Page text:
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Gulf of Boothia facts for kids

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Not to be confused with the Gulf of Bothnia.
Map indicating the Gulf of Boothia, Nunavut, Canada
Map indicating the Gulf of Boothia, Nunavut, Canada.     Nunavut     Northwest Territories     Greenland

The Gulf of Boothia /ˈbθiə/ is a body of water in Nunavut, Canada. Administratively it is divided between the Kitikmeot Region on the west and the Qikiqtaaluk Region on the east. It merges north into Prince Regent Inlet, the two forming a single bay with different names for its parts. It is surrounded by, clockwise, Baffin Island, Fury and Hecla Strait, the Melville Peninsula, the Canadian mainland, the Boothia Peninsula and perhaps Bellot Strait if the Gulf can be said to extend that far north. The south end is Committee Bay, northwest of which are the Simpson Peninsula and Pelly Bay. In addition to its connection to Prince Regent Inlet one can use an icebreaker to go east through the Fury and Hecla Strait, or, with luck, pass the Bellot Strait westward.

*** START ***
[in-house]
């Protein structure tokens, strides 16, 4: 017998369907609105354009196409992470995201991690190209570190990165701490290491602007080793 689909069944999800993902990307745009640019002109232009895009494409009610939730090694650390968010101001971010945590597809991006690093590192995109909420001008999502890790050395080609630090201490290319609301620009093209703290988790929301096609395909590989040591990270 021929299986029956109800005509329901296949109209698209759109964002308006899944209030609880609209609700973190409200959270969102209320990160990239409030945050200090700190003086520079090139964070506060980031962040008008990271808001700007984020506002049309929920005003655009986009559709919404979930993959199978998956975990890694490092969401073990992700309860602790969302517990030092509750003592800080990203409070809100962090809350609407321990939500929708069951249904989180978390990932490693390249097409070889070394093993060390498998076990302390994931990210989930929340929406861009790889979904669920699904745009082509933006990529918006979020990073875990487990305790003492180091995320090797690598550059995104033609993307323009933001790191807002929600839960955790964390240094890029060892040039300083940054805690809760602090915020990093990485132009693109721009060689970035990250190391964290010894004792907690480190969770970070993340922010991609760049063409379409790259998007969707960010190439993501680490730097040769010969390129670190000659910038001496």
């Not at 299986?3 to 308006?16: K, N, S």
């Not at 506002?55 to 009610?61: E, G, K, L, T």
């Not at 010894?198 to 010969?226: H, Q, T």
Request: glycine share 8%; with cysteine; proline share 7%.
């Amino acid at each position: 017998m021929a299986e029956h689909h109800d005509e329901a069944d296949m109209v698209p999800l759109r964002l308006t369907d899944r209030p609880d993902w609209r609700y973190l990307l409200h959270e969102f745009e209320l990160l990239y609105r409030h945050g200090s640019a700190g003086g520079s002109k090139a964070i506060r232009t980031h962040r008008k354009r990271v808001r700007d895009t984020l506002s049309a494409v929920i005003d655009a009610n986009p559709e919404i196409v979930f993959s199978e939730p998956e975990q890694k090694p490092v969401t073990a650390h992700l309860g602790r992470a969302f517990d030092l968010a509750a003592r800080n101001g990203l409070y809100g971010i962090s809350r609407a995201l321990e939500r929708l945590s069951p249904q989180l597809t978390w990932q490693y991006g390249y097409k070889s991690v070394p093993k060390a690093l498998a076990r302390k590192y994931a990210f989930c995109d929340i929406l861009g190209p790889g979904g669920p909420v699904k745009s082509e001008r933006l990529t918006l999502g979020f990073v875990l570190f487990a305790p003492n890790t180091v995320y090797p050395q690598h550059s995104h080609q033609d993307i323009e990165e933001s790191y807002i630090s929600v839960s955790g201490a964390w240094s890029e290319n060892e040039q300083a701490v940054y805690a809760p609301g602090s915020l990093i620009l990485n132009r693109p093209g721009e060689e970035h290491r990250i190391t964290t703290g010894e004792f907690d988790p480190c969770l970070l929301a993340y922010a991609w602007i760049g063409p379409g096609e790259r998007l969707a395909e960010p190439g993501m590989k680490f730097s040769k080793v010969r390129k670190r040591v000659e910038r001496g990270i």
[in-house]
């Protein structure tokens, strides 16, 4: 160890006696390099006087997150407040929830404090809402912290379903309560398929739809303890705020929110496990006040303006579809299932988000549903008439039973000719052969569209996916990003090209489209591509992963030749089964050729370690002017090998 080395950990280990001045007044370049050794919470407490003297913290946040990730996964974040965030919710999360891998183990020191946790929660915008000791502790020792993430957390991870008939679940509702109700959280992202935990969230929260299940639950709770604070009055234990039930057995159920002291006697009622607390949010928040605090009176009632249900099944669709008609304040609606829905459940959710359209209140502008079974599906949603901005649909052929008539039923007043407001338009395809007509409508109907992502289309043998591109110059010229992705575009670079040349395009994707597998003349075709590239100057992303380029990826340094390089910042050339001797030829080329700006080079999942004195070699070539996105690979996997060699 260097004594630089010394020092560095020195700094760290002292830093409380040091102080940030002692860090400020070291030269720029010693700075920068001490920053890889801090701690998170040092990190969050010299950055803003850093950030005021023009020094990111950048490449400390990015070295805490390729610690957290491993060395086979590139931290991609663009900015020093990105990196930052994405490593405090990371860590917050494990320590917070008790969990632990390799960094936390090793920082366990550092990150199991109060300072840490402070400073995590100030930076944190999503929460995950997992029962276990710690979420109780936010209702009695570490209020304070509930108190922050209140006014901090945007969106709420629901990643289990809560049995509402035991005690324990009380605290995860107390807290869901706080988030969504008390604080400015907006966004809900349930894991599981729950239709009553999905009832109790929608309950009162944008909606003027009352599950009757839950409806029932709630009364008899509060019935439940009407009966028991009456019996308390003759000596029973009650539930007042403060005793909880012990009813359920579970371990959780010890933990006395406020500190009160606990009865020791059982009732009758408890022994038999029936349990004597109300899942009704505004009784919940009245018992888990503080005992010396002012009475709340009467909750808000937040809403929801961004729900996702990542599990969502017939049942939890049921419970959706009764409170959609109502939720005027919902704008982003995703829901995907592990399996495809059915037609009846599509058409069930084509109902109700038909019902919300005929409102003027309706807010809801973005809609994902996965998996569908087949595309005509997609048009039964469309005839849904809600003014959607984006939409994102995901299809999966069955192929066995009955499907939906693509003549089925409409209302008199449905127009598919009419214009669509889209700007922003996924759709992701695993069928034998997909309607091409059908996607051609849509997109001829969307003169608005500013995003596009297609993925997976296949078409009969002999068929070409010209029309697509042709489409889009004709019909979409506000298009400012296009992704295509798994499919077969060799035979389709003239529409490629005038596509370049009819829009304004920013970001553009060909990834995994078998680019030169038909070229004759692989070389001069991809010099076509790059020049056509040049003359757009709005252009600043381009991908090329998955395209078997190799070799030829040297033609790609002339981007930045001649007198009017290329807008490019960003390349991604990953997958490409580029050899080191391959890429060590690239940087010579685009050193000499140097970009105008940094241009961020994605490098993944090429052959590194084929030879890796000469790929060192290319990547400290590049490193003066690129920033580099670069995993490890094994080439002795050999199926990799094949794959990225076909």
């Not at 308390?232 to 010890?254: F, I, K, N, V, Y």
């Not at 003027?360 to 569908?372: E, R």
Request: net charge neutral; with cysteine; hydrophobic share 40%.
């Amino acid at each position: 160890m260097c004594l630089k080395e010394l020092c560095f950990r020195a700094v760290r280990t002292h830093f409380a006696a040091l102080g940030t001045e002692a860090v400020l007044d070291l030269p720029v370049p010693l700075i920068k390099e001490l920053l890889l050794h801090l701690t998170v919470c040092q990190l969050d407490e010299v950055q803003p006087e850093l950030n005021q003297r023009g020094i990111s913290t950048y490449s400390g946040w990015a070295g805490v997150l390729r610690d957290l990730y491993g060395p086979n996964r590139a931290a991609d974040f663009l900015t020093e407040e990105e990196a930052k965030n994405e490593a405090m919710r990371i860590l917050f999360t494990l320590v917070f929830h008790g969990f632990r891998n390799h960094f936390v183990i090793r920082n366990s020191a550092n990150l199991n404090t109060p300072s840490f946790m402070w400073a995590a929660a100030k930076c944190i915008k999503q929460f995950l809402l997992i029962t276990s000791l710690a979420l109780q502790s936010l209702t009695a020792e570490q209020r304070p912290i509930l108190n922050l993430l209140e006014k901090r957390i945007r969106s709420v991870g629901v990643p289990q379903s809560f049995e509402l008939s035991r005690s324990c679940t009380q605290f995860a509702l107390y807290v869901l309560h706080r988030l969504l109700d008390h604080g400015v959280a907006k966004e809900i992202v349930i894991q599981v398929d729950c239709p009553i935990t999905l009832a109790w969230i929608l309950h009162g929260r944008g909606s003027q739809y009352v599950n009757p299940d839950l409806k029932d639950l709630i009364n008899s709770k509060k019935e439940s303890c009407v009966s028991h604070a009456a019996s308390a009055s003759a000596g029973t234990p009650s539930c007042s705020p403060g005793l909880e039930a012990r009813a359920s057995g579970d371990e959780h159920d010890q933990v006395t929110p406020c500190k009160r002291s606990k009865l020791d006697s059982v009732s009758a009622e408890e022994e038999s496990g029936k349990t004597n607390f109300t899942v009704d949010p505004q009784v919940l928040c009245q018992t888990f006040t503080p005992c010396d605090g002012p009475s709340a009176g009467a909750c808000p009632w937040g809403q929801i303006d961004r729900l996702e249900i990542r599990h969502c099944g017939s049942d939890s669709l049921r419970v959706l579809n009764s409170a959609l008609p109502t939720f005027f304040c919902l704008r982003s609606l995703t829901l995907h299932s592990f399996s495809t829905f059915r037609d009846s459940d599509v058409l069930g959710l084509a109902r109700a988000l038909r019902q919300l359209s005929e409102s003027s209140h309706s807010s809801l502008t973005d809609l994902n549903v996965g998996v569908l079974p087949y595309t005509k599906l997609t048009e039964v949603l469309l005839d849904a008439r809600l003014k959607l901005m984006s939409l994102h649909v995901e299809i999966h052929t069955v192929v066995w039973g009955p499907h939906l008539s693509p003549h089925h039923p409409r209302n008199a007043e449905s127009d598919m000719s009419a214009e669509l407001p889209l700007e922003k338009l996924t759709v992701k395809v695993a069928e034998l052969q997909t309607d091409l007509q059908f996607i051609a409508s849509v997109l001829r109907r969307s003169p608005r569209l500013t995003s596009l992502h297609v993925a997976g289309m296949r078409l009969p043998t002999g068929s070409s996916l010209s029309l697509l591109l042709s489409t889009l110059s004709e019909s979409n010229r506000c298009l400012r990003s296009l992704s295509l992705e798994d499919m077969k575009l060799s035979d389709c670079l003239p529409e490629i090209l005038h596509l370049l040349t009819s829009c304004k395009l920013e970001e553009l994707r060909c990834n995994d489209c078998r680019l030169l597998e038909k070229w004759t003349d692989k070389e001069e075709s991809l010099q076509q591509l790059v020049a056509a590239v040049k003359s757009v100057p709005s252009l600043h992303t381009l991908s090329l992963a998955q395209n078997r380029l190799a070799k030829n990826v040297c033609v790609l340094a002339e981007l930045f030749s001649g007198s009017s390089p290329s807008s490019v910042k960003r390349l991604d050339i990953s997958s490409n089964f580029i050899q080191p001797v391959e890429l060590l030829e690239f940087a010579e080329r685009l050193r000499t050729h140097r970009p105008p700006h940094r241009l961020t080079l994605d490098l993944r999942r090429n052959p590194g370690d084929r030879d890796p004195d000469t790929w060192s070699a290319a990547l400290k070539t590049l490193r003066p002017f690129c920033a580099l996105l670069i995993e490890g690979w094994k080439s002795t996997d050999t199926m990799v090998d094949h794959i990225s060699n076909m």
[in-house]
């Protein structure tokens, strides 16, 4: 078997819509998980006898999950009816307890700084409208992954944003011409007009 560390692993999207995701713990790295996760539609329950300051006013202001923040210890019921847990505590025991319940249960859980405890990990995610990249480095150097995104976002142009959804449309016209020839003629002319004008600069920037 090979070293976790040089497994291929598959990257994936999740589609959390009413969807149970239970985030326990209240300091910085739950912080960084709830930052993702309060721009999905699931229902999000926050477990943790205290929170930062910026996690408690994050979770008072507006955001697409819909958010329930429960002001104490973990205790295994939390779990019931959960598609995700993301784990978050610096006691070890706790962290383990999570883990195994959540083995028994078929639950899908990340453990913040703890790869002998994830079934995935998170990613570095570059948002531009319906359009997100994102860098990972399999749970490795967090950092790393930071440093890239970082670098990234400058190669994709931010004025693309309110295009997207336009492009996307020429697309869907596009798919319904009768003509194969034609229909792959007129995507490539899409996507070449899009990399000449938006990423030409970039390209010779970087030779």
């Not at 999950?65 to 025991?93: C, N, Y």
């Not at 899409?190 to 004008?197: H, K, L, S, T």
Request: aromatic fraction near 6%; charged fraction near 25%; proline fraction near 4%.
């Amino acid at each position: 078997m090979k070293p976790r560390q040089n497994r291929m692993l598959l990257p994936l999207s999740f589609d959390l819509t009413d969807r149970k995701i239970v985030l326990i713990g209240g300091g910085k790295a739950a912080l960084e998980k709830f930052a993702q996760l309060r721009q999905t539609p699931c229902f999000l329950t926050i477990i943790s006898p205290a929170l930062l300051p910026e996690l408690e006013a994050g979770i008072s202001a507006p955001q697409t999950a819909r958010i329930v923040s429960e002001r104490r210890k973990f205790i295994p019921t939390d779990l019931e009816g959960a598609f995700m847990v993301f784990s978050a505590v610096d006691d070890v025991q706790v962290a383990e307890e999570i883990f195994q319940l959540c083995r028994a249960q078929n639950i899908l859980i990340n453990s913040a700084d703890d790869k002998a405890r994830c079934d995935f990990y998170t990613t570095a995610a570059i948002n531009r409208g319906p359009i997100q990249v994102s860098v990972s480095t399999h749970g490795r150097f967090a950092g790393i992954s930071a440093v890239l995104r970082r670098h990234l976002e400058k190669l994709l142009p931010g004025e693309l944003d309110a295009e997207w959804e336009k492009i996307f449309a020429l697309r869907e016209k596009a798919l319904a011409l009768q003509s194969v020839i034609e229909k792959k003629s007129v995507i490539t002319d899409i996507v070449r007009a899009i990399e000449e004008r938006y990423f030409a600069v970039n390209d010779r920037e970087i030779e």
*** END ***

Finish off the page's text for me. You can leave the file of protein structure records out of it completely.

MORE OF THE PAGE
In 1822, it was seen by some of William Edward Parry's men, who went on foot along the ice-choked Fury and Hecla Strait. In 1829, it was entered by John Ross, who was frozen in for four years and named it for his patron Sir Felix Booth. Its south end was explored by John Rae in 1846–1847, who reached it overland from the south.

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